[Python-ideas] Hooking between lexer and parser
mertz at gnosis.cx
Sat Jun 6 21:02:50 CEST 2015
On Fri, Jun 5, 2015 at 9:27 PM, Guido van Rossum <guido at python.org> wrote:
> You're putting a lot of faith in "modern" parsers. I don't know if PLY
> qualifies as such, but it certainly is newer than Lex/Yacc, and it unifies
> the lexer and parser. However I don't think it would be much better for a
> language the size of Python.
PLY doesn't really "unify" the lexer and parser; it just provides both of
them in the same Python package (and uses somewhat similar syntax and
conventions for each).
I wrote a project at my last consulting position to process a fairly
complex DSL (used for code generation to several targets, Python, C++,
Verilog, etc.). I like PLY, and decided to use that tool; but after a
short while I gave up on the parser part of it, and only used the lexing,
leaving parsing to "hand rolled" code.
I'm sure I *could* have managed to shoehorn in the entire EBNF stuff into
the parsing component of PLY. But for my own purpose, I found it more
important to do various simplifications and modifications of the token
stream before generating the data structures that defined the eventual
output parameters. So in this respect, what I did is something like a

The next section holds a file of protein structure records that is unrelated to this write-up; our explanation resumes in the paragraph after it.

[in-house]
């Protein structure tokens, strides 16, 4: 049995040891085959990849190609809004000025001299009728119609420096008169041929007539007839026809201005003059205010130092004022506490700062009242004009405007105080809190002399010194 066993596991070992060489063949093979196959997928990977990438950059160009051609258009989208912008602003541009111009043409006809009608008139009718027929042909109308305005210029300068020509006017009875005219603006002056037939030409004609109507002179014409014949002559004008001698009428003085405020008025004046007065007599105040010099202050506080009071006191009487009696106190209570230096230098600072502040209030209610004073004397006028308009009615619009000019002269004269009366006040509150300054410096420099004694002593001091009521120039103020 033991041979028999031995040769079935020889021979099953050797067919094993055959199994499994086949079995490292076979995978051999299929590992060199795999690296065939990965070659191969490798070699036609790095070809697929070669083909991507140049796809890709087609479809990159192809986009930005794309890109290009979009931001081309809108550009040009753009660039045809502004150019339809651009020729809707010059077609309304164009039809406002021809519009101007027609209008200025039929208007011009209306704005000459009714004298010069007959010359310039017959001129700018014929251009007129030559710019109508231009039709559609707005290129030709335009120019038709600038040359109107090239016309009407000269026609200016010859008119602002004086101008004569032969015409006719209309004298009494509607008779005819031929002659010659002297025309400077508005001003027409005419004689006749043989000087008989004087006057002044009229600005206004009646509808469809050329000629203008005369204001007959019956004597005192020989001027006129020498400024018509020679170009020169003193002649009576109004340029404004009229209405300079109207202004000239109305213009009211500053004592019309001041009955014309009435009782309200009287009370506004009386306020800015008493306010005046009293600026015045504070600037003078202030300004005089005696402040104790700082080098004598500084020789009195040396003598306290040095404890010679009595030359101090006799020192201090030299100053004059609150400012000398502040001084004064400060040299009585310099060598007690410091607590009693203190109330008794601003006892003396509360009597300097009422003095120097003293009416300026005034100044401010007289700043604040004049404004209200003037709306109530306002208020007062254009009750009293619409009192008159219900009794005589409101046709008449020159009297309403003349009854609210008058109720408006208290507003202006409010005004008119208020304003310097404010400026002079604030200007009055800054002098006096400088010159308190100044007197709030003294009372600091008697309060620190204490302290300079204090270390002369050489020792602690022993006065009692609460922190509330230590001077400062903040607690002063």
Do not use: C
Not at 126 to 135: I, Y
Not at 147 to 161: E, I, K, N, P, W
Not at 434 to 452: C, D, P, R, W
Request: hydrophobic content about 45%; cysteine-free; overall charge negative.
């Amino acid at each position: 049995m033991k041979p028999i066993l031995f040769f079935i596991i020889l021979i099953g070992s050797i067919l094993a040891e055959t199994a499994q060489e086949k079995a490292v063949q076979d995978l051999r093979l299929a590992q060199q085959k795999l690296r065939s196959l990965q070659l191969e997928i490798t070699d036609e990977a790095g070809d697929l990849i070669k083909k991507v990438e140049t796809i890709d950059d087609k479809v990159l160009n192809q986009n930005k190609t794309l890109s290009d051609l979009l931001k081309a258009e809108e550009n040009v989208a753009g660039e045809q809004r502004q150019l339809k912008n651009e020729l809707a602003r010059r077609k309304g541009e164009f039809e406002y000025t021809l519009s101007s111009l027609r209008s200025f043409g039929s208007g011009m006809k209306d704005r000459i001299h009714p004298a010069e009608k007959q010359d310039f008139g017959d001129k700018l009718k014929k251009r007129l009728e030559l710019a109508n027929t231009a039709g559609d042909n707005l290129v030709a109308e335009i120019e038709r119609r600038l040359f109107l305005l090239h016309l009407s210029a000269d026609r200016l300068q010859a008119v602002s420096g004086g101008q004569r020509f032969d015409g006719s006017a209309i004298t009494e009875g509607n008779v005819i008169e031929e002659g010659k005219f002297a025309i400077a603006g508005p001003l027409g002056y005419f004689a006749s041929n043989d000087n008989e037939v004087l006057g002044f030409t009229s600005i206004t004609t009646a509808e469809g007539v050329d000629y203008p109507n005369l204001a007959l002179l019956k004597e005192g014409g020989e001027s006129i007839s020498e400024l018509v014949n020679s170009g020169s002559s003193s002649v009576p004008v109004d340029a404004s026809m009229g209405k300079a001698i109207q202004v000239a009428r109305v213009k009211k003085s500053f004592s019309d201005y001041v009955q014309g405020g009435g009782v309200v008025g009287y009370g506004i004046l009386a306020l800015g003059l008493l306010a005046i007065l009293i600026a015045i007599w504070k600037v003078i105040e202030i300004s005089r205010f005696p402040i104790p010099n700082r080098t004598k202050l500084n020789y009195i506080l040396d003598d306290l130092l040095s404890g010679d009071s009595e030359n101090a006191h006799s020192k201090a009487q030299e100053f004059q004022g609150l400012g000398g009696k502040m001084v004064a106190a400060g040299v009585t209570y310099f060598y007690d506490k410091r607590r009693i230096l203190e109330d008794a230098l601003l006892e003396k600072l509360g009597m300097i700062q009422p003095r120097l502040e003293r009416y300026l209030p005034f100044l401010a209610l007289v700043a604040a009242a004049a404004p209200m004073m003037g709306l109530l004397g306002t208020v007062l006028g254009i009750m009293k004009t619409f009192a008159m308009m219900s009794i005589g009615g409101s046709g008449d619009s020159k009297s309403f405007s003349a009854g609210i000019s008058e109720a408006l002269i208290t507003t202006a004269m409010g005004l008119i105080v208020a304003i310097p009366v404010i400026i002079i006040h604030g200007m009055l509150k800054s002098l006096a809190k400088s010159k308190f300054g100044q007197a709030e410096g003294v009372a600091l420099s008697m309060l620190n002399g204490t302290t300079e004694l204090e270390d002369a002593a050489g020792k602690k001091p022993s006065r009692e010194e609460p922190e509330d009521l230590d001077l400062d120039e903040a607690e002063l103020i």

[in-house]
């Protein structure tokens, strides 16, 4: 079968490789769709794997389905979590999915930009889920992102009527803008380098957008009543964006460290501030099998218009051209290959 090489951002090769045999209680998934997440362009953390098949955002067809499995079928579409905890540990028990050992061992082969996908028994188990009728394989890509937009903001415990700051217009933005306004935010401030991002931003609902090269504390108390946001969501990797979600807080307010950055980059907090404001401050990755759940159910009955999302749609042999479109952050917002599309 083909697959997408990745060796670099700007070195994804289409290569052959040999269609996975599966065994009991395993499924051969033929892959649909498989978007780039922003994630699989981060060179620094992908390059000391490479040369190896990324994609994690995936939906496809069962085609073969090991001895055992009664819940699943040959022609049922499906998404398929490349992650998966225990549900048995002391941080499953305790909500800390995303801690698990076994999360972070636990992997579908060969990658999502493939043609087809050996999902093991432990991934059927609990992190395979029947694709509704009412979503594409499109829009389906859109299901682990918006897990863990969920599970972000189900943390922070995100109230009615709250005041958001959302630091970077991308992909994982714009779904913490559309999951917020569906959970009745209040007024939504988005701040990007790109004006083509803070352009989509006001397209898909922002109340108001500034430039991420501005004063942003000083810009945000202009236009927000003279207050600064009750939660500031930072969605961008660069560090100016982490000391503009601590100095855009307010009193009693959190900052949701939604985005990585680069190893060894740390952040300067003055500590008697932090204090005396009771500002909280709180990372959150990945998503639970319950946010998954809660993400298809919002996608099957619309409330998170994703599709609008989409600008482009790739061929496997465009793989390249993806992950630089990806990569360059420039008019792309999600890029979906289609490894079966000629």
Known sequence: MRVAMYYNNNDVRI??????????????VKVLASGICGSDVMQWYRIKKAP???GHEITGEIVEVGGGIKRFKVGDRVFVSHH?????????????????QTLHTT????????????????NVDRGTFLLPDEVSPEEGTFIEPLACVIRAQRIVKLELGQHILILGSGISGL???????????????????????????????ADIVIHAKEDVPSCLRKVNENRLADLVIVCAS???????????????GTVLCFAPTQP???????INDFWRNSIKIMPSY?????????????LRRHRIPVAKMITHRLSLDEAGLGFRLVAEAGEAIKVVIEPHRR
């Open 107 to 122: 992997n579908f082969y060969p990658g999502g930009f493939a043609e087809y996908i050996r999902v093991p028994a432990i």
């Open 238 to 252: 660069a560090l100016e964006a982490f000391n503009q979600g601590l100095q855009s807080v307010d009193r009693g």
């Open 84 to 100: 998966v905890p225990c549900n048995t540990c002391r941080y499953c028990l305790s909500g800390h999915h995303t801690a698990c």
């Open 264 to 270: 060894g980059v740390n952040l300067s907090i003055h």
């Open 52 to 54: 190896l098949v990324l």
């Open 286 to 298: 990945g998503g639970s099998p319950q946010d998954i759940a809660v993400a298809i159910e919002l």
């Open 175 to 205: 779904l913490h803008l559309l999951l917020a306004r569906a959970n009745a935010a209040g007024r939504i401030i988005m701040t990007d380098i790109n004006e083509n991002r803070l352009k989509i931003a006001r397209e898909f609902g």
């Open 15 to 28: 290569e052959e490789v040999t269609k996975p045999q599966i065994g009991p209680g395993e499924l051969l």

simpler version of Python's compilation pipeline.
Actually, what I did was probably terrible practice for parsing purists,
but felt to me like the best "practicality beats purity" approach. There
were these finite number of constructs in the DSL, and I would simply scan
through the token stream, in several passes, trying to identify a
particular construct, then pulling it out into the relevant data structure
type, and just marking those tokens as "used". Other passes would look for
other constructs, and in some cases I'd need to resolve a reference to one
kind of construct that wasn't generated until a later pass in a
"unification" step. There was a bit of duct tape and bailing wire involved
in all of this, but it actually seemed to keep the code as simple as
possible by isolating the code to generate each type of construct.
None of which is actually relevant to what Python should do in its parsing,
just a little bit of rambling thoughts.
Keeping medicines from the bloodstreams of the sick; food
from the bellies of the hungry; books from the hands of the
uneducated; technology from the underdeveloped; and putting
advocates of freedom in prisons. Intellectual property is
to the 21st century what the slave trade was to the 16th.
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